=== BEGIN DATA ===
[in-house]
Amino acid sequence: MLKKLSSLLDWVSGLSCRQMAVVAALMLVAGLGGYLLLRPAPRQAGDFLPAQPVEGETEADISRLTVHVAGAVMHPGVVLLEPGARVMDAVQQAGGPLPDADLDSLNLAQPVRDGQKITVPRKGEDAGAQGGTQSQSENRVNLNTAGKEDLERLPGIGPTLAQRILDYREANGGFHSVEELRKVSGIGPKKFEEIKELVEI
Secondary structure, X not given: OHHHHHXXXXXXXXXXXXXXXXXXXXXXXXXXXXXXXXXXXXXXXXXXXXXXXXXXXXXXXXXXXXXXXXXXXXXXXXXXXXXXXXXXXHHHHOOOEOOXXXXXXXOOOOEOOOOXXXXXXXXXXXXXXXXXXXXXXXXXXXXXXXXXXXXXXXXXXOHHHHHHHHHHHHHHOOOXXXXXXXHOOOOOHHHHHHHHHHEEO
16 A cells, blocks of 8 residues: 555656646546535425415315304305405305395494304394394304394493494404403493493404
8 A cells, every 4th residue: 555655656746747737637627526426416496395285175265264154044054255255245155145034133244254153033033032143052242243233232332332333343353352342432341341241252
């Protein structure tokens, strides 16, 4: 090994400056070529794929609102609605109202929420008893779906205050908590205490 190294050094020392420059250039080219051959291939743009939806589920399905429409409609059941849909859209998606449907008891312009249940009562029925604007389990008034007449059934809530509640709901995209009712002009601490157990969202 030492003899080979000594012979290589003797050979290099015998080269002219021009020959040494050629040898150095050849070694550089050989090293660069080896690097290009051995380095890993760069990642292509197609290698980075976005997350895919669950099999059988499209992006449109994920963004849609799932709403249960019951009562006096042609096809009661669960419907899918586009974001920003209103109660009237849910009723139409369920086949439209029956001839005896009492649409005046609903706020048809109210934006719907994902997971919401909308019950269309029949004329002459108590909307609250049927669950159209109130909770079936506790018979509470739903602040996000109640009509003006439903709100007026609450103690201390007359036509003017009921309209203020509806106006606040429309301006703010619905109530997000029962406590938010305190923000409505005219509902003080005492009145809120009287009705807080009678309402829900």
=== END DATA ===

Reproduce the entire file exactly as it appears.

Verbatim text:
[in-house]
Amino acid sequence: MLKKLSSLLDWVSGLSCRQMAVVAALMLVAGLGGYLLLRPAPRQAGDFLPAQPVEGETEADISRLTVHVAGAVMHPGVVLLEPGARVMDAVQQAGGPLPDADLDSLNLAQPVRDGQKITVPRKGEDAGAQGGTQSQSENRVNLNTAGKEDLERLPGIGPTLAQRILDYREANGGFHSVEELRKVSGIGPKKFEEIKELVEI
Secondary structure, X not given: OHHHHHXXXXXXXXXXXXXXXXXXXXXXXXXXXXXXXXXXXXXXXXXXXXXXXXXXXXXXXXXXXXXXXXXXXXXXXXXXXXXXXXXXXHHHHOOOEOOXXXXXXXOOOOEOOOOXXXXXXXXXXXXXXXXXXXXXXXXXXXXXXXXXXXXXXXXXXOHHHHHHHHHHHHHHOOOXXXXXXXHOOOOOHHHHHHHHHHEEO
16 A cells, blocks of 8 residues: 555656646546535425415315304305405305395494304394394304394493494404403493493404
8 A cells, every 4th residue: 555655656746747737637627526426416496395285175265264154044054255255245155145034133244254153033033032143052242243233232332332333343353352342432341341241252
């Protein structure tokens, strides 16, 4: 090994400056070529794929609102609605109202929420008893779906205050908590205490 190294050094020392420059250039080219051959291939743009939806589920399905429409409609059941849909859209998606449907008891312009249940009562029925604007389990008034007449059934809530509640709901995209009712002009601490157990969202 030492003899080979000594012979290589003797050979290099015998080269002219021009020959040494050629040898150095050849070694550089050989090293660069080896690097290009051995380095890993760069990642292509197609290698980075976005997350895919669950099999059988499209992006449109994920963004849609799932709403249960019951009562006096042609096809009661669960419907899918586009974001920003209103109660009237849910009723139409369920086949439209029956001839005896009492649409005046609903706020048809109210934006719907994902997971919401909308019950269309029949004329002459108590909307609250049927669950159209109130909770079936506790018979509470739903602040996000109640009509003006439903709100007026609450103690201390007359036509003017009921309209203020509806106006606040429309301006703010619905109530997000029962406590938010305190923000409505005219509902003080005492009145809120009287009705807080009678309402829900």